Waking up tired and feeling out of breath are two of the first signs of many disorders, but if you’re persistently feeling them, you should get your blood checked, as you may be anemic. Anemia occurs when your hemoglobin levels dip down below normal; since hemoglobin carries oxygen, this leads to hypoxia, or lack of oxygen in the organs, and is the reason for the feeling of shortness of breath.
If you have found your hemoglobin is low, and your case isn’t due to traumatic blood loss, you can probably manage it without a transfusion; in that case, here are a number of ways to begin to address the problem of low hemoglobin. First, if you’ve found your blood normal otherwise, you might want to consider your iron intake and absorption since your anemia may be iron-related – and your body needs iron to make red blood cells. Do you get enough iron in your diet? I don’t recommend an iron supplement, since they often contain doses too large for us to absorb. Instead, look to your diet. If you’re a vegetarian like me, then do you eat sufficient nuts, leafy greens and beans? Caffeinated drinks can also interfere with iron absorption. Soy products, so often a part of our diets, can also affect our iron levels. Try to cut out these foods for a few days, and increase your intake of dark green vegetables (or drink them: many “green” drinks out there include spinach and other leafy greens). In many cases this helps.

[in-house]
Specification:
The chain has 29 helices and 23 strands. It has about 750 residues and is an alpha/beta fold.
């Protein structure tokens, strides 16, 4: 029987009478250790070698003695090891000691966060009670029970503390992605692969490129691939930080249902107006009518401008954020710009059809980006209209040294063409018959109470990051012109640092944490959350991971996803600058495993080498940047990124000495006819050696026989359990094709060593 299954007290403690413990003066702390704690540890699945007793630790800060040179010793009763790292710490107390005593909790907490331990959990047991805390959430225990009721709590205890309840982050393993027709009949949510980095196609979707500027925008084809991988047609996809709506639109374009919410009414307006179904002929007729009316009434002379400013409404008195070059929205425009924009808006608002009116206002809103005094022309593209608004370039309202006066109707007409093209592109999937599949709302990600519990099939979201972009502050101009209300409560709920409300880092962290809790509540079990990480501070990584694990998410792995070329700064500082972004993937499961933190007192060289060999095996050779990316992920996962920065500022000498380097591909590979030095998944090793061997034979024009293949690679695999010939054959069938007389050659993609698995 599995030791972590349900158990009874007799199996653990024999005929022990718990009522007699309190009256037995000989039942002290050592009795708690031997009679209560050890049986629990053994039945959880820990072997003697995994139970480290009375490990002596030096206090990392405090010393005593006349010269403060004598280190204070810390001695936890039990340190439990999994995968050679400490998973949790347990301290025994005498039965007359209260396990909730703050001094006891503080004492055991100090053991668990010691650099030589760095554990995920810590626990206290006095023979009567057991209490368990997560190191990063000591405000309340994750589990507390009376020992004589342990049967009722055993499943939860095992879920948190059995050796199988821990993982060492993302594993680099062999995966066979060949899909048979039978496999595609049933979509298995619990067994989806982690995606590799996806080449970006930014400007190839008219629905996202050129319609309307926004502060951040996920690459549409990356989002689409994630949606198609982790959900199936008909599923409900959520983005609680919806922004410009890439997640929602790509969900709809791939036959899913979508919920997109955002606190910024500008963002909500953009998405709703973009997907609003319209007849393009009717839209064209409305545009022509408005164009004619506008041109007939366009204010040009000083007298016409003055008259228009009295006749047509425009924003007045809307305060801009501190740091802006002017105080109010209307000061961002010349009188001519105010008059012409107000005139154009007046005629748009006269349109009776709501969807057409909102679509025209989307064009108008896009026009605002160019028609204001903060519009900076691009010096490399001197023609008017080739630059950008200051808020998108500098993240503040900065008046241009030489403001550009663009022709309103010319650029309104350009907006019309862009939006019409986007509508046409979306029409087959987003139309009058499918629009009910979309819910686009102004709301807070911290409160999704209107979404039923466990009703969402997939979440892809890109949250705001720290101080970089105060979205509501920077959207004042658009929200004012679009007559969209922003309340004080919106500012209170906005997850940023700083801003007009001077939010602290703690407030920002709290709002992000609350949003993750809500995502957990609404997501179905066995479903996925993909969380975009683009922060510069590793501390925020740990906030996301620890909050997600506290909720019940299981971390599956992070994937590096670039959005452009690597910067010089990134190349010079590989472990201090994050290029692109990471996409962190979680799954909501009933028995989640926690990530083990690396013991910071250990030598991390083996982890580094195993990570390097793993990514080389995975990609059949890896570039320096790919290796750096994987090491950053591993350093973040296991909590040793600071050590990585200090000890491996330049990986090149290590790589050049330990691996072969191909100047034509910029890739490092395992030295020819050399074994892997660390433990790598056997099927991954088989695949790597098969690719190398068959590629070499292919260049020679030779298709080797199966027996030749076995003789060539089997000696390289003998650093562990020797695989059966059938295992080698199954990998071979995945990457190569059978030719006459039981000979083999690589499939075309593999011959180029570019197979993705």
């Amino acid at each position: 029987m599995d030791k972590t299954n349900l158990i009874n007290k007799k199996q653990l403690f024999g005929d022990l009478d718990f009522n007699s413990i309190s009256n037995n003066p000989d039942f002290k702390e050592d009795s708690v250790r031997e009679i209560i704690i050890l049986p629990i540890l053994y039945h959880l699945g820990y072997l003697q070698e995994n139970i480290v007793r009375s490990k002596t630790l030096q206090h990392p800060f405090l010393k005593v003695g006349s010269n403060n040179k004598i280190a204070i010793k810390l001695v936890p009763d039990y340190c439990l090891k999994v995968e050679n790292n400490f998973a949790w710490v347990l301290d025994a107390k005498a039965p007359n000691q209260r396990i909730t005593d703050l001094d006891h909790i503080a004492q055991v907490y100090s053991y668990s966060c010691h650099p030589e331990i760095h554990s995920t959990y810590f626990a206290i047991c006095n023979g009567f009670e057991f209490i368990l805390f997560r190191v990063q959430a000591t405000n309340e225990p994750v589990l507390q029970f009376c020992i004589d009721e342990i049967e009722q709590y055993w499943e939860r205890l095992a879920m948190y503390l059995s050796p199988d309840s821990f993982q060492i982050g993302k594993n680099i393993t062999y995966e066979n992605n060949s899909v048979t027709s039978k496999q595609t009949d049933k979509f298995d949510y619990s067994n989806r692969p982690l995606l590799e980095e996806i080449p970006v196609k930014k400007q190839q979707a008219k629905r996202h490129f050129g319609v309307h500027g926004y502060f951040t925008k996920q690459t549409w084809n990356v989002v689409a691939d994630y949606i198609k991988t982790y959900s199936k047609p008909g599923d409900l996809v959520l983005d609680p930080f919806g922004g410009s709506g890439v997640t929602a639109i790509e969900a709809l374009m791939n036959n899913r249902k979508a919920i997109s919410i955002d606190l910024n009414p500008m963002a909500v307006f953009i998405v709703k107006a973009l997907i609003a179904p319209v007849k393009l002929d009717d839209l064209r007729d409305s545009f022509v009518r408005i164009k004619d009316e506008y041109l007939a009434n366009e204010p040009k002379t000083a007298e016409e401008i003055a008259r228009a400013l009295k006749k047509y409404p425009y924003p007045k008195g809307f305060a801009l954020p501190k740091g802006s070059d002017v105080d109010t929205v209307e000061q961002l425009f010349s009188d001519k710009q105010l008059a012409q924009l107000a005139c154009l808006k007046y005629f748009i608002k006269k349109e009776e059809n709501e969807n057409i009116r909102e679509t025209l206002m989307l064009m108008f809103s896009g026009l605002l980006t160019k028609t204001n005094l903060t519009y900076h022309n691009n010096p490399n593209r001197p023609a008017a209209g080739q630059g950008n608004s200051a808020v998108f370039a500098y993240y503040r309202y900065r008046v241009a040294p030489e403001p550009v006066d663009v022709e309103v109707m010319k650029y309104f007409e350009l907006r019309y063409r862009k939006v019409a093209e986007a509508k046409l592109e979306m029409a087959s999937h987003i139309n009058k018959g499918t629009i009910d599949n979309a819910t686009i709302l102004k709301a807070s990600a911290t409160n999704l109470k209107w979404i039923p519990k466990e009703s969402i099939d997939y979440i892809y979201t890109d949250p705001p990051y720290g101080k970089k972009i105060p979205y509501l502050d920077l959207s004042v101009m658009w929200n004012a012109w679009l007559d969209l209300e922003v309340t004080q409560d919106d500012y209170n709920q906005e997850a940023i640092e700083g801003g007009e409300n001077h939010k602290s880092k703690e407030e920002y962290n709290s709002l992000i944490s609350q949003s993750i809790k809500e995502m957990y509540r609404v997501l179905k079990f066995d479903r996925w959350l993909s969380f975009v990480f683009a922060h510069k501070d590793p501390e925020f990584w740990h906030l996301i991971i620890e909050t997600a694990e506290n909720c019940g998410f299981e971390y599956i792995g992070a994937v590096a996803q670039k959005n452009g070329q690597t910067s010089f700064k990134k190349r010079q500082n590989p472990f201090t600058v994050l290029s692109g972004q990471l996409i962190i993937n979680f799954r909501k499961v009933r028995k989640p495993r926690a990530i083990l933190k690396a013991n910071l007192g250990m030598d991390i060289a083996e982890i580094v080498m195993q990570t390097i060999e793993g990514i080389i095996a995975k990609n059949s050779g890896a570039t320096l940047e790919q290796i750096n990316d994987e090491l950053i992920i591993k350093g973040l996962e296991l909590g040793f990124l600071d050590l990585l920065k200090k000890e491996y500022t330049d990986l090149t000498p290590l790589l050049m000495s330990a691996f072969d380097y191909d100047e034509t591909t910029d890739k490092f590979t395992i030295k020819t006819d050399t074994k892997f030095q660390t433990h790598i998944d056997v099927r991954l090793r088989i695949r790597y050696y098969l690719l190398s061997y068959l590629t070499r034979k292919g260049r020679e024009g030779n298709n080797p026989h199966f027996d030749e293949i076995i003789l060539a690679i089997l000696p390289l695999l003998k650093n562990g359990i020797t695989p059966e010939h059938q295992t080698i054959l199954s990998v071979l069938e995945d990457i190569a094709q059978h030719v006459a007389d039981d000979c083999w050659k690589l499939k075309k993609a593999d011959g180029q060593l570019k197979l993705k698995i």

Otherwise, here are a few natural and herbal ways to address the problem of low hemoglobin.
- Yellow dock root (Rumex crispus). This is a wonderful herb that can easily be added to your diet – cook with it or add it to your diet. Making an infusion is easy, too – just add two teaspoons of the dried herb to 2-3 cups of water and let steep. You can add other herbs, like licorice, for flavor.
- Liquid chlorophyll. It has a molecular structure similar to hemoglobin, except for the center atom. Liquid chlorophyll is extracted from plants, so you’re already getting chlorophyll when you eat your greens. However, some prefer to supplement with liquid chlorophyll drops and add them to drinks.
- Blackstrap molasses. Pregnant women report this to be useful as it’s high in iron. Here is a wonderful recipe using blackstrap molasses. Be careful to choose blackstrap – ordinary molasses will not do. Also, this is not good for diabetics since it is sugary.
- Nettle (Urtica dioica). Consistently making a nettle infusion can help to raise hemoglobin in the blood. The infusion should consist of dried nettle leaves – use about 1 ounce per 4-5 cups of water and let steep for several hours. Do this weekly. Again, consistency is key: you can’t drink one cup and expect your problem to disappear.
- Carao. We featured carao the other day; it helps the body to generate hemoglobin and can also have other health benefits. Read more about it and its uses here.
Finally, a word about common anemic conditions: women who are pregnant also often find themselves anemic; this is because their blood volume is dramatically increased, so they need to be especially careful to make up for the low iron and up their green vegetable intake. Also, children who undergo sudden growth spurts should be monitored in this regard – their case is pretty similar: when the body grows, the blood increases, and sometimes hemoglobin production can’t keep up. And in any case, if you choose to undertake any of these treatments, keep checking your blood regularly to see how you react. Every body and every case is different.